The Measurement Frequency for other than the given values can be calculated by Linear Interpolation using the values given.

      Here some examples:
      0x02 ~1.55Hz (minimum value allowed for stable operation)
      0x04 ~2.54Hz
      0x08 ~4.53Hz

    • The Velocity Scale Factor flag (Bit 5) in the Mode Control Register (0x04) must be set to operate at any non-default value.
      The measurement time will ultimately limit the maximum achievable rate in burst or continuous operation.

      The documentation does not state what the default value for the Measurement Delay Register (0x45) is, but for the Mode Control Register (0x04) it is 0x00, resulting in a fixed measurement delay of 100ms, independent of the value of the Measurement Delay Register.

  3. Register 0x04 is the Mode Control Register

    This is a bit flag register with the default value of 0x00:

    Bit Function
    7 Velocity
    Enable velocity measurement
    6 Inhibit Reference
    "1" inhibits the acquisition of reference pulses reducing measurement times and reducing measurement variations at the expense of decreasing accuracy over time.
    "0" allows normal operation
    5 Velocity Scale factor
    Also used to set delay between measurements in burst/continuous measurement mode
    "1" sets the velocity measurement separation to a frequency set by Measurement Delay Register (0x45) resulting in a velocity scale of meters/sec.
    "0" value results in a measurement separation of 100msec. Velocity scale is decimeters/sec.
    4 Disable reference filter
    Reference Filter averages 8 reference measurements for reduced measurement variability
    3 Disable short signal acquisition
    runs to the correlation limit of 250
    2 Disable short reference
    allows reference maximum count from reference acquisition count register rather than default value of 0x05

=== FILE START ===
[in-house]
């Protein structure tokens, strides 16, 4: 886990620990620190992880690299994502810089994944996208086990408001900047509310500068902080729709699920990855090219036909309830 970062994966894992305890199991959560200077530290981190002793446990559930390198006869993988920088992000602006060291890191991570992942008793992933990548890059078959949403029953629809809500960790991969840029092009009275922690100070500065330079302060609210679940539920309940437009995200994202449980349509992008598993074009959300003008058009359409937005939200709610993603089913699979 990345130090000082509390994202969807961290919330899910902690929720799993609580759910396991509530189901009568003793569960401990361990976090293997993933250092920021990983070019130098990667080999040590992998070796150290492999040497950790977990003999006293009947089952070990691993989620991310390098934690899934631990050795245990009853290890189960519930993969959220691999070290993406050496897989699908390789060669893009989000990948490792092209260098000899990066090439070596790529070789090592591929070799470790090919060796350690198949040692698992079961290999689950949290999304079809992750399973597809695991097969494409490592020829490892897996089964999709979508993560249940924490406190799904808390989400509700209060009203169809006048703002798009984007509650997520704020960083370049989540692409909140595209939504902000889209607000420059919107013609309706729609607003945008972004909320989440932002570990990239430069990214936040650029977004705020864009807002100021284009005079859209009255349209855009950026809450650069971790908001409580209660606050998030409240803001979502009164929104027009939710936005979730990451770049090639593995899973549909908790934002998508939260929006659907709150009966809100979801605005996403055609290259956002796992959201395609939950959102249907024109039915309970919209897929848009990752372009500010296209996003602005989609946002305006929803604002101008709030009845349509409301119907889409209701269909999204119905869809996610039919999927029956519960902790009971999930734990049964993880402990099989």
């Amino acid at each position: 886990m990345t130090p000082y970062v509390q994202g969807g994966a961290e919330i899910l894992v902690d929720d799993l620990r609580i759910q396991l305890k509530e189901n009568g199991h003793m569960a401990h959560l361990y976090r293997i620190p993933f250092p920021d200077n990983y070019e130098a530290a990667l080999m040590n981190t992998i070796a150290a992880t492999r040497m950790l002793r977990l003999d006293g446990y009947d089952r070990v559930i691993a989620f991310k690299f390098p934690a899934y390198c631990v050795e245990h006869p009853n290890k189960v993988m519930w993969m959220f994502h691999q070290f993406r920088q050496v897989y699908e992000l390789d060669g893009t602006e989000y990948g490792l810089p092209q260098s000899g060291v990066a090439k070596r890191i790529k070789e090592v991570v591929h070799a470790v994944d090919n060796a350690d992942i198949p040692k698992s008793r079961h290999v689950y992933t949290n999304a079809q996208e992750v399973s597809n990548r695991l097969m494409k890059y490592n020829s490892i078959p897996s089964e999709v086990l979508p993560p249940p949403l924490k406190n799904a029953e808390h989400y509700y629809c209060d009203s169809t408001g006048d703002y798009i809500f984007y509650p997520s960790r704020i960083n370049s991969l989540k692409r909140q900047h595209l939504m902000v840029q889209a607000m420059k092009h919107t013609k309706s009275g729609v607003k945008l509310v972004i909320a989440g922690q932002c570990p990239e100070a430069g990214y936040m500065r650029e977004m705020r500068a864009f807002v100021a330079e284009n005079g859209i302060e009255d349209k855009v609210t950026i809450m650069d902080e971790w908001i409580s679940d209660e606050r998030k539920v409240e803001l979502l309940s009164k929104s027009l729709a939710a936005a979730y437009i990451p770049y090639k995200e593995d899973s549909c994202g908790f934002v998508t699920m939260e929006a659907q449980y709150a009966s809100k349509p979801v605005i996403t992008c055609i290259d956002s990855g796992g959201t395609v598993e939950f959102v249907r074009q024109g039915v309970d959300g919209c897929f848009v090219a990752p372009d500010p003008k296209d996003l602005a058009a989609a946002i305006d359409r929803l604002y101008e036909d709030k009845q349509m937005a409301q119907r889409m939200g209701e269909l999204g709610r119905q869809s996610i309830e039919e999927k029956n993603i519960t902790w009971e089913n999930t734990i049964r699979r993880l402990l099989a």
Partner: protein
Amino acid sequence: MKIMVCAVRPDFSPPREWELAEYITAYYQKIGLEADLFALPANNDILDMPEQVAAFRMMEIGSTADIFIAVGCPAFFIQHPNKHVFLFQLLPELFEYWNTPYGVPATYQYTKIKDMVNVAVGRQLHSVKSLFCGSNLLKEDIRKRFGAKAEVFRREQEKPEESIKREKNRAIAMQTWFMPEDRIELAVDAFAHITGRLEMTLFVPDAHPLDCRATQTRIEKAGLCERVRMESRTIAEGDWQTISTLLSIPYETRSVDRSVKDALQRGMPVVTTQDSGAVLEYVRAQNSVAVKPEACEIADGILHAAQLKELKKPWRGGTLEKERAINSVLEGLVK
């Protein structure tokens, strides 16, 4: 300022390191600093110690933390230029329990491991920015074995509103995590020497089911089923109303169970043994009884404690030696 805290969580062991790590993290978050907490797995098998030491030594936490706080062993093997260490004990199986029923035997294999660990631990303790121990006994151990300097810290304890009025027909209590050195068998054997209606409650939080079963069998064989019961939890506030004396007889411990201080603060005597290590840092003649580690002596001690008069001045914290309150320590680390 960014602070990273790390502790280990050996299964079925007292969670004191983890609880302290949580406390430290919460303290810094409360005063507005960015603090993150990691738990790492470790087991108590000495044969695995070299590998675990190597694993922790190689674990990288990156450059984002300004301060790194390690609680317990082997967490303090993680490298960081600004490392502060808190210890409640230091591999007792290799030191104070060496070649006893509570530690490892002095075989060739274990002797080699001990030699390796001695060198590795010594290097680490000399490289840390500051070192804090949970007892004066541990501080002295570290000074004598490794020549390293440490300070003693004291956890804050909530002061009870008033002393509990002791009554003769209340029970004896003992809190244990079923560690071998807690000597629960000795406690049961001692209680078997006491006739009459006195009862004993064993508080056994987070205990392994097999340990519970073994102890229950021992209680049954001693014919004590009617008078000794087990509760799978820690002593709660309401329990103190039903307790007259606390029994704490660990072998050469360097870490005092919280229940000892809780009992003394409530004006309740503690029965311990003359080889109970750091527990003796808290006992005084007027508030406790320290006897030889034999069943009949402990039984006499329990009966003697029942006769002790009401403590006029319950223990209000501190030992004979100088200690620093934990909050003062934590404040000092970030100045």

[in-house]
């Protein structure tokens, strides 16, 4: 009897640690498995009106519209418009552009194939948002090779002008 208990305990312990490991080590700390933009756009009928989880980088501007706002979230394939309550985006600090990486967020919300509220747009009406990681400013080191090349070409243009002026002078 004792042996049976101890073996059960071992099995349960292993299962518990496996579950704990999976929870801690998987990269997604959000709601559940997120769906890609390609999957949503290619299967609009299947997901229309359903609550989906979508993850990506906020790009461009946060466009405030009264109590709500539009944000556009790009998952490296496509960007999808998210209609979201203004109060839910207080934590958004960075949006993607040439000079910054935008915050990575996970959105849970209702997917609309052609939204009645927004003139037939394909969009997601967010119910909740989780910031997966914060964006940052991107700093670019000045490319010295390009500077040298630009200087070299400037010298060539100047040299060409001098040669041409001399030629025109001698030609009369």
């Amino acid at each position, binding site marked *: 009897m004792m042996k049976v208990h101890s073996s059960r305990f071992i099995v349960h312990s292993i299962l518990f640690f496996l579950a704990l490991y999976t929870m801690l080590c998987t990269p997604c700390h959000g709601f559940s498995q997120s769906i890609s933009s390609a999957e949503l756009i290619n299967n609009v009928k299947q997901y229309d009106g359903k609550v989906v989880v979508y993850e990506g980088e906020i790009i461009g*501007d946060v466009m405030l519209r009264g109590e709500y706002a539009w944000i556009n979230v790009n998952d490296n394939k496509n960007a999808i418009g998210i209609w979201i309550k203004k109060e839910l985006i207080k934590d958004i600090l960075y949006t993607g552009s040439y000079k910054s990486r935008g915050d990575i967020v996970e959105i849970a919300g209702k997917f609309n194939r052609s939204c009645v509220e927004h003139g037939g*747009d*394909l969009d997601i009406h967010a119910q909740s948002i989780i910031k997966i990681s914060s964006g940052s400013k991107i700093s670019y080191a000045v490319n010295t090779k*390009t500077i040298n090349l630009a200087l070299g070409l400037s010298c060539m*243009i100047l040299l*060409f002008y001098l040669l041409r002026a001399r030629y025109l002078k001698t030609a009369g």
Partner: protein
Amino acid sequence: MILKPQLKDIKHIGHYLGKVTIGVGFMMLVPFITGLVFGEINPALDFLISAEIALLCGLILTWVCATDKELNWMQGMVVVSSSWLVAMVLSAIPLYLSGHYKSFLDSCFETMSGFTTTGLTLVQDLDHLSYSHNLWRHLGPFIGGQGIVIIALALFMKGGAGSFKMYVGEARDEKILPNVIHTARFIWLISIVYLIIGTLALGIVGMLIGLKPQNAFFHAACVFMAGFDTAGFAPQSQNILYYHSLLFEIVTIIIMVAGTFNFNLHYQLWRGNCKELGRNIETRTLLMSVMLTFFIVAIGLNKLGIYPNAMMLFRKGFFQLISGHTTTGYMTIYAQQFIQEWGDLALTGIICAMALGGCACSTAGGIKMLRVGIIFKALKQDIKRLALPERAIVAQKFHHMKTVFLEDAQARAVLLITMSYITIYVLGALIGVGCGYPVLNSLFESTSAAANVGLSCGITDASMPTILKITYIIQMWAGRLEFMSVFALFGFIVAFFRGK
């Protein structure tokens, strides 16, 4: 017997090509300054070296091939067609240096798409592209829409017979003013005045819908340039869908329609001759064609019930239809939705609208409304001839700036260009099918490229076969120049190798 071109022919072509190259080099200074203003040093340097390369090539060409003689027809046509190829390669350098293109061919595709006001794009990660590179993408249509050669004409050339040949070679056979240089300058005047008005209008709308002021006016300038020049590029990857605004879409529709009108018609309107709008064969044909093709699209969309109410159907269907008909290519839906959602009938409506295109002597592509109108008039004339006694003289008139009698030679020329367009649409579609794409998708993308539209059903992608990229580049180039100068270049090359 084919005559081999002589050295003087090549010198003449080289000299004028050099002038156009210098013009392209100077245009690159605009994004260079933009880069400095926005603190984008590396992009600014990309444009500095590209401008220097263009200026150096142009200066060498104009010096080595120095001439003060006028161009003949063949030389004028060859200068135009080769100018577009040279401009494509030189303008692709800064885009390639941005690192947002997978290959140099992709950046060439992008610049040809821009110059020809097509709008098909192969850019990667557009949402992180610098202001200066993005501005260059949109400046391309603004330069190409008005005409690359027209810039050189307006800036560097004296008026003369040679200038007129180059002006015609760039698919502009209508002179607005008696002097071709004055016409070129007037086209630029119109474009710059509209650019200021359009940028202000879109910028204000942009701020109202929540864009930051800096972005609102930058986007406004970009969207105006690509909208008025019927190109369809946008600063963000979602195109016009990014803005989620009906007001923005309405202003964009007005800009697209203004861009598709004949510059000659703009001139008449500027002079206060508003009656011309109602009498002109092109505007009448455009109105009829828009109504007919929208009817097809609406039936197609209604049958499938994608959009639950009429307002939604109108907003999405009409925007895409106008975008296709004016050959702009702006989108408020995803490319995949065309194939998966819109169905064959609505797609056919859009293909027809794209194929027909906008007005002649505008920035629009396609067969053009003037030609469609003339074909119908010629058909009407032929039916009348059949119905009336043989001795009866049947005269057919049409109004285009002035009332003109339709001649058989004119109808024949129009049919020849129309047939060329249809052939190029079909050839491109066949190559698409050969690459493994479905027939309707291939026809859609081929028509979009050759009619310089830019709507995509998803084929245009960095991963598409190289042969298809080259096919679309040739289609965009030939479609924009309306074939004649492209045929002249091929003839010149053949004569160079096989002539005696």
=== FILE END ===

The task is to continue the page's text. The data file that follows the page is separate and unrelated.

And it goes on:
1 CLK SHUT
    0 Preamp Off

    The command set Bit 0 and Bit 5, switching the Preamp Off and giving the Measurement Delay Register (0x45) control over the measurement frequency.

    Velocity measurement is 'Off', so the Velocity Scale does not matter.

  4. In the final step of the initialization the Outer Loop Count (register 0x11) is set to 0xFF

    The Outer Loop Count allows multiple measurements with a single measurement command.

    • If set to - '0xff', continuous measurement will be performed.
    • A value of less that 0xff will terminate continuous measurement after that amount of measurments (ex. 0xfe will take 254 measurements and stop).

  5. Now the measurement is started by writing 0x04 (Take acquisition & correlation processing with DC correction) to the Command Control Register (0x00)

  6. The registers 0x0f and 0x10 have to be read to get the two byte distance measurement from the LIDAR

    Using LIDAR's auto increment capability this can be done in one call.

    Auto Increment is activated by setting the Most Significant Bit (MSB) in the register address.

    So, to read the register 0x0f and 0x10 in one call we address the register 0x8f (0x0f with MSB set to 1 = 0x8F => LIDAR register auto increment) .

    As it is standard for operating the I2C bus:

    • The register address to read is written to the LIDAR I2C address, without a Stop
    • A Restart signal is issued
    • The Read command is send to LIDAR's I2C address, fetching the two bytes from 0x0f and 0x10.
    • The NACK signal send by the Arduino ends the data transfer from the LIDAR (Stop).

Step number 6 from now on is repeated indefinitely

Now its time to put the new knowledge to the test.

I will try to use the LIDAR with a Cypress PSoC CY8C4247LQI-BL483 in the next part.